I was looking at Men.style.com at the new Spring 2009 menswear collections, and I came across these shoes by Dries Van Noten, the Belgian designer. I'm a big fan of his work, for women and men. Like Miuccia Prada and Marc Jacobs, he doesn't follow trends; he does what he likes and in the end he sets trends himself. He is often inspired by flowers and his garden, and so for Spring 2008 his women's collection featured a mad mix of really wonderful big floral prints. You definitely would have to know what you're doing to put them together; these are not clothes for amateurs...

I love these men's shoes. They're kind of turn-of-the-century Edwardian and modern at the same time. He combines different color leathers, and adds a monk strap to a tie-up shoe. I think you could wear these with everything from grey flannel trousers to khakis to jeans. Just add a white shirt, and you've got style; these shoes do all the talking for you.

Michael Kors once told me, if you've got a good haircut, a good watch, and good shoes, then you've got style. Remember that.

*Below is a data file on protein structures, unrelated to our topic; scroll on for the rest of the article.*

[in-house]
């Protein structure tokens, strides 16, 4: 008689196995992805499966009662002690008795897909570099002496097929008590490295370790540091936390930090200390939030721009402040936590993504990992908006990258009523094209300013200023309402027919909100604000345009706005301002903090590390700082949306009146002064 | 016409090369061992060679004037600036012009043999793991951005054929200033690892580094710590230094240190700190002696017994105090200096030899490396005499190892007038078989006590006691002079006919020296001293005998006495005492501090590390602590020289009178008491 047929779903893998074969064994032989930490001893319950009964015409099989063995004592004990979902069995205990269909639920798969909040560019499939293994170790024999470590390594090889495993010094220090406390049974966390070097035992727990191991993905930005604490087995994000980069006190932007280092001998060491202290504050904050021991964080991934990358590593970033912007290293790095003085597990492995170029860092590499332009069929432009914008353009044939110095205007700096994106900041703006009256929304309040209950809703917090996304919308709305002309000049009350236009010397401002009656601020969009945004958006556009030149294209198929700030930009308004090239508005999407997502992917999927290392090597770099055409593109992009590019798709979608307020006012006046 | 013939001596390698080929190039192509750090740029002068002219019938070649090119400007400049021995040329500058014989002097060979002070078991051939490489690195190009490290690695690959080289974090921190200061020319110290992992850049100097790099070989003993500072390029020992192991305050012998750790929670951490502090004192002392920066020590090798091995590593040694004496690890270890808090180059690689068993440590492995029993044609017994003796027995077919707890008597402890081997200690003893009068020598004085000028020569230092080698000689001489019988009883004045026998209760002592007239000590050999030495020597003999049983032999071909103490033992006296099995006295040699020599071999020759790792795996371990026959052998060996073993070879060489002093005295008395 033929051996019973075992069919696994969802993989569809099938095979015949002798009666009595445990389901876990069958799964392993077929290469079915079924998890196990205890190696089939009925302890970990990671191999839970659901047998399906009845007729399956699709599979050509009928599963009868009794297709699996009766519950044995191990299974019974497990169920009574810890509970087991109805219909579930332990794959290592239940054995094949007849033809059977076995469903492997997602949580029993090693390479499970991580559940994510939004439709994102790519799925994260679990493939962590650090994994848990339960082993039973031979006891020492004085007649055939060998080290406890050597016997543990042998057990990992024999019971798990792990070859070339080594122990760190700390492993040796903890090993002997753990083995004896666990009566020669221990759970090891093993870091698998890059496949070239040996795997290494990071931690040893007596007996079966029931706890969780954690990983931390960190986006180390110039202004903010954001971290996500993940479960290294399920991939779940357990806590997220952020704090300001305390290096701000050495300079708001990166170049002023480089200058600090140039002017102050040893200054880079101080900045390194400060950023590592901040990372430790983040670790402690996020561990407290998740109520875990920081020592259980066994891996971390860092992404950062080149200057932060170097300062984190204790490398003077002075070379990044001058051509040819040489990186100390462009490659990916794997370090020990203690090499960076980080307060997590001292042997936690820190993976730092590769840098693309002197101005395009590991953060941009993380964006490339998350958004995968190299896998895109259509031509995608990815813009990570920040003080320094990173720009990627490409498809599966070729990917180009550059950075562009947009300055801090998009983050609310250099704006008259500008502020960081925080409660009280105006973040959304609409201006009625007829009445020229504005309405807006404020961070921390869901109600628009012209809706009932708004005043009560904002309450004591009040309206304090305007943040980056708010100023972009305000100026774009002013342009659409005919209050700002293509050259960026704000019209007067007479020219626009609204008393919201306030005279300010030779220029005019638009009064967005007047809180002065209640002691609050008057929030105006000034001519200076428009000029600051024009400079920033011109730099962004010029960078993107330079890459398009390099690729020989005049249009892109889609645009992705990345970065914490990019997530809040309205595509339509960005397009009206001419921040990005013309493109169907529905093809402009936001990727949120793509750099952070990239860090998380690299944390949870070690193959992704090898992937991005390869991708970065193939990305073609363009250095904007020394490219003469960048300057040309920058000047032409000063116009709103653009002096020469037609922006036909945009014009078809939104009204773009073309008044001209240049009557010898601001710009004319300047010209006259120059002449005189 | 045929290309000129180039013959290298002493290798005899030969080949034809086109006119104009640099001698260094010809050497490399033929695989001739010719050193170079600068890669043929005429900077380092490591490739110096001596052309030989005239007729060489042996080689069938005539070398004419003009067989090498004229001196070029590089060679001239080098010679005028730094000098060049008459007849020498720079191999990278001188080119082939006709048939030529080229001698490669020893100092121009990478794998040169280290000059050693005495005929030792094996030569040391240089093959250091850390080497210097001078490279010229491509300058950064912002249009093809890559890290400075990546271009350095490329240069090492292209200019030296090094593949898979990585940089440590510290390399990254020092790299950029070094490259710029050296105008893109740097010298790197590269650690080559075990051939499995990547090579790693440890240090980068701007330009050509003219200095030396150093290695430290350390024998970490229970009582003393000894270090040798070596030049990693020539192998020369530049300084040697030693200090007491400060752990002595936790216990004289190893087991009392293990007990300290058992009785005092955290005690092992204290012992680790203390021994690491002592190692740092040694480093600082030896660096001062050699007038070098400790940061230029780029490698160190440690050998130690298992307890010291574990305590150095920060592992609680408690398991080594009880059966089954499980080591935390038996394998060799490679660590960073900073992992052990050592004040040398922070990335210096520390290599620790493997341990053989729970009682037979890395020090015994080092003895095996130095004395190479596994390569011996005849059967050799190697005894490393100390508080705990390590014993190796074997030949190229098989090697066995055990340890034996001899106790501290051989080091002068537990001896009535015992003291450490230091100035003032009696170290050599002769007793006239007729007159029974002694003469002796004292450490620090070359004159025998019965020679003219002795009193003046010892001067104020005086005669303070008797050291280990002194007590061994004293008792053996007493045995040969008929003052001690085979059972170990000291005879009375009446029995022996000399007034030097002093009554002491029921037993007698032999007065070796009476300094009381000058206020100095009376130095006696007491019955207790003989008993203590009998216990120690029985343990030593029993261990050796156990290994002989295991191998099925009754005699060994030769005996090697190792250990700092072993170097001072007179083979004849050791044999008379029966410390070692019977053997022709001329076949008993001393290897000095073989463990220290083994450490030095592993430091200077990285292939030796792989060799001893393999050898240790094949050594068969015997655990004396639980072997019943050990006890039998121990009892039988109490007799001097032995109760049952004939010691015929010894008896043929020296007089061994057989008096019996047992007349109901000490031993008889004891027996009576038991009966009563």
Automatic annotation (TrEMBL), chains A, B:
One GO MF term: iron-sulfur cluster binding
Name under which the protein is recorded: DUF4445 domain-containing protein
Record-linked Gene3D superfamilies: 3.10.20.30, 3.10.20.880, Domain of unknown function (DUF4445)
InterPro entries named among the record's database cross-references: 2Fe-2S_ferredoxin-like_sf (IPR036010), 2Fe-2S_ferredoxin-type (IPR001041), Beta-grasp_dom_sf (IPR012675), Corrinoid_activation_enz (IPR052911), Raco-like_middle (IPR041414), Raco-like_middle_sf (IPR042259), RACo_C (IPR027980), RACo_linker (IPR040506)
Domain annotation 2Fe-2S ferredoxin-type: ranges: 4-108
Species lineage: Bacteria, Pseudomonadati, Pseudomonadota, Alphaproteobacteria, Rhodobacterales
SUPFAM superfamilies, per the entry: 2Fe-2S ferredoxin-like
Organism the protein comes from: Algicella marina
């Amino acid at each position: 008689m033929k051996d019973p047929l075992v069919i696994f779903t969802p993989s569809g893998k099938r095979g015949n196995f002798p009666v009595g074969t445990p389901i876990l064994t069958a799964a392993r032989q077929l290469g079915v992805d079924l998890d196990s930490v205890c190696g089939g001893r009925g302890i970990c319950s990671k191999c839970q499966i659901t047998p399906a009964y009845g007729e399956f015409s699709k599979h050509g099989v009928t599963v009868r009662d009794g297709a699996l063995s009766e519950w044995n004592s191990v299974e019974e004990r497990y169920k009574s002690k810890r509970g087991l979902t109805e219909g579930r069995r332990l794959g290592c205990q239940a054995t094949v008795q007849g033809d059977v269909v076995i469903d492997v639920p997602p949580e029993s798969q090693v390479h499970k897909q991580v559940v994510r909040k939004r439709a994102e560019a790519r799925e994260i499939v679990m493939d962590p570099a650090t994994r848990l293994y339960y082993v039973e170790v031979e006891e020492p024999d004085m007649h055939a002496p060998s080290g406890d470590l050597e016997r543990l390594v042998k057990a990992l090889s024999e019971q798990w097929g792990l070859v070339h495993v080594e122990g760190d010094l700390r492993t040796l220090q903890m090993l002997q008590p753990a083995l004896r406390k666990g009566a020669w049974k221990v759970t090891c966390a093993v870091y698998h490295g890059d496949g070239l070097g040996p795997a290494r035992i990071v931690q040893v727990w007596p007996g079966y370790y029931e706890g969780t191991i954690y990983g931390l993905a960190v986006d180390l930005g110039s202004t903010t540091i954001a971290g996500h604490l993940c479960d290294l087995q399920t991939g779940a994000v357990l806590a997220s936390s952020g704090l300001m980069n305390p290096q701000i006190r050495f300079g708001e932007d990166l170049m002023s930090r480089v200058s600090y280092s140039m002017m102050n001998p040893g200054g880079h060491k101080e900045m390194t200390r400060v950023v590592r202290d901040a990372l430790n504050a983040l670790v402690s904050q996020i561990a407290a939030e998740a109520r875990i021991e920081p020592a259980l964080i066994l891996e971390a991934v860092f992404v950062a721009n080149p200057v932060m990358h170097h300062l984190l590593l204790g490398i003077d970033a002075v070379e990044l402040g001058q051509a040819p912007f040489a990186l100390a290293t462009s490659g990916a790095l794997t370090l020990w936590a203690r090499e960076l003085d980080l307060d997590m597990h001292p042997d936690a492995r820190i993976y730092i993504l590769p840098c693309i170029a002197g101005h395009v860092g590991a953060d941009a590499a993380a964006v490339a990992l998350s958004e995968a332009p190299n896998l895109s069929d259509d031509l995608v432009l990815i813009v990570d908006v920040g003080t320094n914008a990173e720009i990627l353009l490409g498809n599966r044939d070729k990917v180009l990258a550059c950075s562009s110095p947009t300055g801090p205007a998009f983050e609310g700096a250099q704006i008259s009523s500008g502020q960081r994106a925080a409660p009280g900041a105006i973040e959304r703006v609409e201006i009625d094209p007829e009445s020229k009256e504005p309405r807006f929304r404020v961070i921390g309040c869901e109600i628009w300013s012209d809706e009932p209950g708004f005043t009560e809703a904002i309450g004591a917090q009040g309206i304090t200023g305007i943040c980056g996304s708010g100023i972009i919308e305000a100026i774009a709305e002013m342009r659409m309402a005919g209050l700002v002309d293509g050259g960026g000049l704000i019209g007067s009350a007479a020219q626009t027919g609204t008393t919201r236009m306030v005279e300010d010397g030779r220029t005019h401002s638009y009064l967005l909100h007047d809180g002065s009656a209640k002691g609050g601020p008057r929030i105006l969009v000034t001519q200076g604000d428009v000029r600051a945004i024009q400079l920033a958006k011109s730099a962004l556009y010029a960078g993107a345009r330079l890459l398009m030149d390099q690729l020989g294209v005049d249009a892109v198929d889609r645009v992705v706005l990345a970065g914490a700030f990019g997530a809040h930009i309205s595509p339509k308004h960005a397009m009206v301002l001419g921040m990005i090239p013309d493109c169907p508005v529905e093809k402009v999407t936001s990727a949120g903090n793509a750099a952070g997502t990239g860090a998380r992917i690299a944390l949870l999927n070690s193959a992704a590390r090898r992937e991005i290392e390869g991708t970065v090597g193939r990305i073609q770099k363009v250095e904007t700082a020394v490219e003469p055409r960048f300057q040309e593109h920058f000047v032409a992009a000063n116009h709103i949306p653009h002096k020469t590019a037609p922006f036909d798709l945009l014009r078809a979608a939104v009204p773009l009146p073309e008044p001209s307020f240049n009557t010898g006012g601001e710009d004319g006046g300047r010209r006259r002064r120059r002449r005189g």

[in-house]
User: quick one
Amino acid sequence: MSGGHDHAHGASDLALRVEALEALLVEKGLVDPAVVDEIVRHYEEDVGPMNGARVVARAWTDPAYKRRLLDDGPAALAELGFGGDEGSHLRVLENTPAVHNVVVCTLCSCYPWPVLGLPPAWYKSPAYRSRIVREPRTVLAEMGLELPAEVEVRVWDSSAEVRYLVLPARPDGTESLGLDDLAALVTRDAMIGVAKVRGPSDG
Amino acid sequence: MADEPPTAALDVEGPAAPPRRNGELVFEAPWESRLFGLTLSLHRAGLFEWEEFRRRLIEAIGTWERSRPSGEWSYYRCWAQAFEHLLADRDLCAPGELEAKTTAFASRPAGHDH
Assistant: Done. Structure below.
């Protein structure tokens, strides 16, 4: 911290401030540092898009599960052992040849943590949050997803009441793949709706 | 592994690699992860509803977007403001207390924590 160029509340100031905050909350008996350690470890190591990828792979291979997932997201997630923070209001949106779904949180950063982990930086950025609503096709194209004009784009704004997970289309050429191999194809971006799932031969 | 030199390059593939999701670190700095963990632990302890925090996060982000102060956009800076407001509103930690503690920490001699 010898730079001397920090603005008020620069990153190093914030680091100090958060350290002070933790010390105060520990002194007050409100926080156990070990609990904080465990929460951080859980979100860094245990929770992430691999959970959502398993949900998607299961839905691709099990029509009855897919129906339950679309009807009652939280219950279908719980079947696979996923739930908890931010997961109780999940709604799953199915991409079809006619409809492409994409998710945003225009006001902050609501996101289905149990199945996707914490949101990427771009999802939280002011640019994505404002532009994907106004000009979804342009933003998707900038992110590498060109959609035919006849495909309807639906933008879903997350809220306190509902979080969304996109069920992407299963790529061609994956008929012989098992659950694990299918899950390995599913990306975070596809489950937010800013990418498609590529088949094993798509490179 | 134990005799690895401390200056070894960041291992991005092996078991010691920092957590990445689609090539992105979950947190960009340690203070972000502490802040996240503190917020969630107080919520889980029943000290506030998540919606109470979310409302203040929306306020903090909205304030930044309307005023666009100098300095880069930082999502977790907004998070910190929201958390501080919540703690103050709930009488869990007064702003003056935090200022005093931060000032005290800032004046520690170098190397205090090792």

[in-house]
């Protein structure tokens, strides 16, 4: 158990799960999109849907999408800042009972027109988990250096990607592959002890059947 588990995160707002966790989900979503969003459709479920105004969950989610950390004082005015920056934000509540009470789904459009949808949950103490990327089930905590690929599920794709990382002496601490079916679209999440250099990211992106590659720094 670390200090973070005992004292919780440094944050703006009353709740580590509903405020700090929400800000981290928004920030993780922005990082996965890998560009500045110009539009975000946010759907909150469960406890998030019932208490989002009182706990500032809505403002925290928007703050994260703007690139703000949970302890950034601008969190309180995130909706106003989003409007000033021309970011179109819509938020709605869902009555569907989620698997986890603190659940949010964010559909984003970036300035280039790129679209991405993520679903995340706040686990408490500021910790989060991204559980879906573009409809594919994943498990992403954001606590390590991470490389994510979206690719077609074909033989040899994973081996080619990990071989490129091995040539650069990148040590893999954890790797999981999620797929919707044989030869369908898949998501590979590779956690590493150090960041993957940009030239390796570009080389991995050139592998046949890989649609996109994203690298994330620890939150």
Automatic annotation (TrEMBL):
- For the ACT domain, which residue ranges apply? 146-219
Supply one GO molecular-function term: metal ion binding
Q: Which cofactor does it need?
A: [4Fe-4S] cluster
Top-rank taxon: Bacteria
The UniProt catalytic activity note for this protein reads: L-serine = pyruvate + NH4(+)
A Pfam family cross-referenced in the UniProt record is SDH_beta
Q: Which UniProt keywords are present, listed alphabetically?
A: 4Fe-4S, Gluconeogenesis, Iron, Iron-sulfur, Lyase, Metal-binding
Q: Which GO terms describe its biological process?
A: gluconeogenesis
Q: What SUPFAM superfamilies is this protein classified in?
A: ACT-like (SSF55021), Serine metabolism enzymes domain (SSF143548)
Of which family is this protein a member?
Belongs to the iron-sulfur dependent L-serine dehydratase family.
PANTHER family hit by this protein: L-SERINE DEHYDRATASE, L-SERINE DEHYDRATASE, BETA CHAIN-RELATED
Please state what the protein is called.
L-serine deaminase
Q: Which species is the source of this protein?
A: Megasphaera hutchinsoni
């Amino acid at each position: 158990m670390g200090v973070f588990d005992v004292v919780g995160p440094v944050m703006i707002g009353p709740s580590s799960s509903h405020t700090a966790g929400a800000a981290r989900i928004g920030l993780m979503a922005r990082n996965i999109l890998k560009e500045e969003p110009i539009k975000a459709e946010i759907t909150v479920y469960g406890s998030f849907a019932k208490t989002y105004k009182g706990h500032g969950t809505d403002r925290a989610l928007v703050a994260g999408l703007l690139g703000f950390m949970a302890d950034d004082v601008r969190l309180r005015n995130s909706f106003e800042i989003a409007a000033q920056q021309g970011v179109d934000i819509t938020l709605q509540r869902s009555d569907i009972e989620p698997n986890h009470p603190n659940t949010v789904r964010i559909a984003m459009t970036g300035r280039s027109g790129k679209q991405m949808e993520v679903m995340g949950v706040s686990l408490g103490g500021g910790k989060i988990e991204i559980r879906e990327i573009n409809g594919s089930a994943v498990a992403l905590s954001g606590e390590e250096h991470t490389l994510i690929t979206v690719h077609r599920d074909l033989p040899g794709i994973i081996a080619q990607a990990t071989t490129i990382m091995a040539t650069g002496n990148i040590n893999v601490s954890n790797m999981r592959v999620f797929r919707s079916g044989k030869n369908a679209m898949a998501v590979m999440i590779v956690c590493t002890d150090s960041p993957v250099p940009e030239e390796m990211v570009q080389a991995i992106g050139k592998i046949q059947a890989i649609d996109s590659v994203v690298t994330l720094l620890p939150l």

Jane Comes to New York

My niece Jane, age ten, came to New York for a visit recently. Jane loves art and fashion so we have a lot of fun together. Years ago when Ted and I were in Guilford, Ct, visiting my parents with the rest of the family, we went into the living room and said to the group gathered there, "Who wants to go to the British Art Museum in New Haven?" "I do!" said one person. It was Jane. She was about four. And we have been going to museums together ever since.

On this visit we went to the Museum of Modern Art (top photo). On Fifth Avenue we ran into our friend April (bottom photo) who is a model and used to live below Ted and I before she and her husband Matt moved to Dumbo. April had befriended Jane so it was great fun to run into her coincidentally on the street. Jane said to April, "I like your sunglasses." (Dior.) 

Jane and I usually go to the Metropolitan Museum of Art but on our last trip there I discovered Jane likes modern art accidentally when we drifted out of the New Galleries for Nineteenth Century European Art, which I totally love, into the modern art gallery across the hall. Jane was circling Damien Hirst's gigantic shark floating in formaldehyde which scares me to look at.